Many moons ago De Fynne nursery was in its nursery school stage in a backyard. It relocated to a property in Simondium but soon they outgrew that too before moving to Mooikelder Farm where they inherited a substantial plum orchard to boot. It being over its prime, the nursery kids saw a new plan. By Gerrit Rautenbach.
Mooikelder Farm is a 22ha farm on the northern outskirts of Paarl belonging to the Department of Rural Development and business partners, Jacky Goliath and Elton Jefthas, have been renting the farm since 2013. Due to the fact that 10 ha of the arable land was planted with plum orchards, they qualified for assistance from the Jobs Fund Initiative. “Our involvement was initiated through the Deciduous Fruit Development Chamber who saw an opportunity for our industry,” explains Elton.
However, season by season it became clear that the plum trees were done for. The cultivars did not even suit the soil. There was neglect. The upkeep started outranking the income. Still, their involvement with deciduous fruit was never done. They are revolutionaries. Although Jacky and Elton are fine nursery operators originally focusing on fynbos, they saw an opportunity to extend their nursery knowledge into the creation of top-class deciduous fruit rootstocks and the budding thereof.
Slowly but surely they started curbing the haemorrhage of the unproductive trees. But an old unproductive tree still has its uses. They end up being mulch. “At present we have cleared and treated 5 ha, stabilising the soil structure, suppressing potential diseases and started growing mother trees for plums and peaches. These trees are now in their third year of production and have at least another 10 years left, says Jacky.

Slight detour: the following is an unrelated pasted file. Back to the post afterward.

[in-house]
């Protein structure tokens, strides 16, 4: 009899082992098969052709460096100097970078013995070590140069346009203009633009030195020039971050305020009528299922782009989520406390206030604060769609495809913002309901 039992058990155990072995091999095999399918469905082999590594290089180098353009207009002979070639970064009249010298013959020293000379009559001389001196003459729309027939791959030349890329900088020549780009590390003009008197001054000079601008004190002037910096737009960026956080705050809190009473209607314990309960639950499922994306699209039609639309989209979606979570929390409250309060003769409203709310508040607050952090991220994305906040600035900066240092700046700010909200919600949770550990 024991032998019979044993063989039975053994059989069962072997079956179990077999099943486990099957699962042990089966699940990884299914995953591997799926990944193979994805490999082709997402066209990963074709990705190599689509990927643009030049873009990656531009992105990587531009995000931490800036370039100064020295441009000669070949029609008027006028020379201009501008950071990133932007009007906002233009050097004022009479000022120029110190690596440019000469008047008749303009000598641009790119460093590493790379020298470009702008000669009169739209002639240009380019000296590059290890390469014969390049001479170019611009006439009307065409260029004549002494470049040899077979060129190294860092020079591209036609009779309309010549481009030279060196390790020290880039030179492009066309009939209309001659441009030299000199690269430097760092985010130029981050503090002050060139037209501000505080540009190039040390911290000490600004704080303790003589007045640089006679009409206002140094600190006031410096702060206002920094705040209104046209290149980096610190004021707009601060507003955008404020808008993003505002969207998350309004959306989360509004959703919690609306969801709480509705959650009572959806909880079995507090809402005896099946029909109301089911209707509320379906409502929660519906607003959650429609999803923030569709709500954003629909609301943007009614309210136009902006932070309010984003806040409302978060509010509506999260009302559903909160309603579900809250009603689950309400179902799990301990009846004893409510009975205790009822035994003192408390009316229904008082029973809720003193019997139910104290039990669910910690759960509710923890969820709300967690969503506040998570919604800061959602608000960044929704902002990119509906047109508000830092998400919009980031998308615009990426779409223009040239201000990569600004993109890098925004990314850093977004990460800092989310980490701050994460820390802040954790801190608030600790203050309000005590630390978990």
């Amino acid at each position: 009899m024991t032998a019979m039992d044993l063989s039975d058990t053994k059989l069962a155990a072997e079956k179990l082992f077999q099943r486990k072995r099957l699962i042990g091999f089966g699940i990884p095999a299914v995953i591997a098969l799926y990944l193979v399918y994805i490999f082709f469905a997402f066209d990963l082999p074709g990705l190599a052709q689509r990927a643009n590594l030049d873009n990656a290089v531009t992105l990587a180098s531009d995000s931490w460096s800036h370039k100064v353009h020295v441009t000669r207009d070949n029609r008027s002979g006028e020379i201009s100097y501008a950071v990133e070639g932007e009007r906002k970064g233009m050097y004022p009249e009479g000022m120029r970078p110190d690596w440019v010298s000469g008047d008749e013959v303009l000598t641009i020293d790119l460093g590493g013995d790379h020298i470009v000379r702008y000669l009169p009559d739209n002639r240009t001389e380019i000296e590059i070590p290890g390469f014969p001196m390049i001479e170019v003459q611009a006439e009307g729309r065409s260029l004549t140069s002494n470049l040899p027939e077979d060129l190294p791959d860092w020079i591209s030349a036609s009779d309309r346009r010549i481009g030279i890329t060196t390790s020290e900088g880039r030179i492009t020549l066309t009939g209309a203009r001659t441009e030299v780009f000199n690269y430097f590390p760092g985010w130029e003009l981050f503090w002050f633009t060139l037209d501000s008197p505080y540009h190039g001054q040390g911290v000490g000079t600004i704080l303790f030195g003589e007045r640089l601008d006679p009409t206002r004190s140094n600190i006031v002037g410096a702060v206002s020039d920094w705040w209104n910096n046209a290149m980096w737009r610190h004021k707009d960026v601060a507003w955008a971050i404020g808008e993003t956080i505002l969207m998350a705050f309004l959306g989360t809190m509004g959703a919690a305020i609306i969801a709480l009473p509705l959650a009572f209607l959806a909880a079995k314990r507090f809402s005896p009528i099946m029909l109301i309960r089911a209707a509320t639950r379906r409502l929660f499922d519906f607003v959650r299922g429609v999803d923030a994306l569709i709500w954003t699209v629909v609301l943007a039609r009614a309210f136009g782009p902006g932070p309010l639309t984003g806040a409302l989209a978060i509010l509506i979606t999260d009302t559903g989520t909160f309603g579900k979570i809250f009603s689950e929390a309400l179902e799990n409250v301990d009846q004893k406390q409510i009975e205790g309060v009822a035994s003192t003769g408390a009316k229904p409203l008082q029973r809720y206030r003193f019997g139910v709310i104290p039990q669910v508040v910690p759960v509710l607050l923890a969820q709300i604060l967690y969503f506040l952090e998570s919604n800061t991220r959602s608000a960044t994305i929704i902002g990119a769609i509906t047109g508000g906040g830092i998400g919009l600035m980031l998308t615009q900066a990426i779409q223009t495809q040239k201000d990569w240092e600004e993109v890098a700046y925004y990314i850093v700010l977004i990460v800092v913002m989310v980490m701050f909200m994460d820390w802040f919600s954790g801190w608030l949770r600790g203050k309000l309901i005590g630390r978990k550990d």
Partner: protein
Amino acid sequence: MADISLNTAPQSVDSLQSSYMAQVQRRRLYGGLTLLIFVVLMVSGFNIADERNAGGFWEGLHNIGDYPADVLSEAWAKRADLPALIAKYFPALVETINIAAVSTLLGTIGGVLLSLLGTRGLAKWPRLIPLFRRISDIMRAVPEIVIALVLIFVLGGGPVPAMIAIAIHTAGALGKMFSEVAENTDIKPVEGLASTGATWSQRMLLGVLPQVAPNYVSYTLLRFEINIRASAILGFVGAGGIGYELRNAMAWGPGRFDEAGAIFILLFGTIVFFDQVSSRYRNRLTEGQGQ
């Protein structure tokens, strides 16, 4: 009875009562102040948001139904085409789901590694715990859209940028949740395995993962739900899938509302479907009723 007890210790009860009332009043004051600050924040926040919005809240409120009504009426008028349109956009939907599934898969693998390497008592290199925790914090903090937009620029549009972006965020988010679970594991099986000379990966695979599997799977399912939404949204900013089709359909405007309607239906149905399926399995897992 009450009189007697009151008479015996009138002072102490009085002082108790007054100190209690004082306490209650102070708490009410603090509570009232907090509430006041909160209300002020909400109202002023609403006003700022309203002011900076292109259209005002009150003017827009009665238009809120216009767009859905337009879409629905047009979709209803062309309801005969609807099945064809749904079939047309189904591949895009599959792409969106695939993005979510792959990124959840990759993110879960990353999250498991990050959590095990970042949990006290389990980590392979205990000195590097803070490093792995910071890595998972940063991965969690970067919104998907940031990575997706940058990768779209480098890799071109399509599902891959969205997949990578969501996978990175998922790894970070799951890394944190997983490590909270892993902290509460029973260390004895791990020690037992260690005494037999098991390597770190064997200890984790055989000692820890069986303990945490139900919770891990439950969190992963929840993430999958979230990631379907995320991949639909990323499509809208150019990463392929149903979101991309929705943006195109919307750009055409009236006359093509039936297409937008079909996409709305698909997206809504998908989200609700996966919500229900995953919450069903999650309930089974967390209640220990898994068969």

From these base-trees they have a revolutionary method of producing rootstocks. The trees produce hardwood scions which are harvested and then they get rooted in tunnels. They can produce 50 000 rootstocks this way in a 10 x 30m tunnel and the rooting takes from one to three months, depending on the various cultivars. This process is much more controllable and makes the more complicated and tricky old style of rooting a lot easier, manageable and more foolproof. And thus more profitable.
Once the rootstocks are ready, there are two routes that Jacky and Elton follow. Firstly, they sell the rootstocks as is to nurseries, farmers and whoever needs rootstocks, but secondly, they use the rootstocks for orders they get for the budding of specific cultivars. It is a process of value-adding. It’s good to sell rootstocks, but it’s more profitable to sell the proper trees.
Being revolutionary only lasts so long, then you have to think out of the box again. So looking into the future, De Fynne is focusing on accommodating very complicated rootstocks that do not take to rooting that easily, but once it happens, offers a rootstock of substance, eventually offering a tree bearing fruits of note. It has been established that to be successful, these rootstocks and budded trees need to start off growing in bags. So if a farmer is looking for a cultivar grown on this specific tissue culture rootstock, De Fynne will bud and grow trees in specified bags for him. This holds another advantage for them: not only do they grow rootstocks themselves, but they diversify and offer budding and trees based on a variety of new generations and well-developed “outside” rootstocks.
This process is also an education for farmers. They are not used to purchasing new trees in bags, literally in bags. There is an immense amount of science behind these newfound trees but in the industry, they’re simply known everywhere as “sakkiebome”.
Be that as it may, it seems that Jacky and Elton at De Fynne do have revolutionary methods of producing new deciduous fruit trees in the bag. So to speak …